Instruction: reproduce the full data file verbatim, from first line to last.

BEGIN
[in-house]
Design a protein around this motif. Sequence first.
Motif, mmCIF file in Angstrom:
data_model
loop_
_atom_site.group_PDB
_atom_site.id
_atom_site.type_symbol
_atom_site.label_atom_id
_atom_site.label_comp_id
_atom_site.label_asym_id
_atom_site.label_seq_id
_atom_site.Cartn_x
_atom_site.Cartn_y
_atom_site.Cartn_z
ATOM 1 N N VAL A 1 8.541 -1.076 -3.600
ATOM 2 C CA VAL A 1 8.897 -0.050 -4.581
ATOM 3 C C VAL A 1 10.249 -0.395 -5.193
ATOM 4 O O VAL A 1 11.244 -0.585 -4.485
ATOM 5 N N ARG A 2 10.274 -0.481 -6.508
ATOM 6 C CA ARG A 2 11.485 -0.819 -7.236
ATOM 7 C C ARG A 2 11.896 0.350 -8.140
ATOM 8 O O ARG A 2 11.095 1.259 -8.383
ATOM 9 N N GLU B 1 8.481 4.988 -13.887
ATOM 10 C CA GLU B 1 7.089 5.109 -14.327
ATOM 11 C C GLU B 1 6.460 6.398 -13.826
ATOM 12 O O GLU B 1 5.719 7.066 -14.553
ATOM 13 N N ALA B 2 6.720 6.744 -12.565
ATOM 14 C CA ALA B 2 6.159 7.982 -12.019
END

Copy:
[in-house]
Design a protein around this motif. Sequence first.
Motif, mmCIF file in Angstrom:
data_model
loop_
_atom_site.group_PDB
_atom_site.id
_atom_site.type_symbol
_atom_site.label_atom_id
_atom_site.label_comp_id
_atom_site.label_asym_id
_atom_site.label_seq_id
_atom_site.Cartn_x
_atom_site.Cartn_y
_atom_site.Cartn_z
ATOM 1 N N VAL A 1 8.541 -1.076 -3.600
ATOM 2 C CA VAL A 1 8.897 -0.050 -4.581
ATOM 3 C C VAL A 1 10.249 -0.395 -5.193
ATOM 4 O O VAL A 1 11.244 -0.585 -4.485
ATOM 5 N N ARG A 2 10.274 -0.481 -6.508
ATOM 6 C CA ARG A 2 11.485 -0.819 -7.236
ATOM 7 C C ARG A 2 11.896 0.350 -8.140
ATOM 8 O O ARG A 2 11.095 1.259 -8.383
ATOM 9 N N GLU B 1 8.481 4.988 -13.887
ATOM 10 C CA GLU B 1 7.089 5.109 -14.327
ATOM 11 C C GLU B 1 6.460 6.398 -13.826
ATOM 12 O O GLU B 1 5.719 7.066 -14.553
ATOM 13 N N ALA B 2 6.720 6.744 -12.565
ATOM 14 C CA ALA B 2 6.159 7.982 -12.019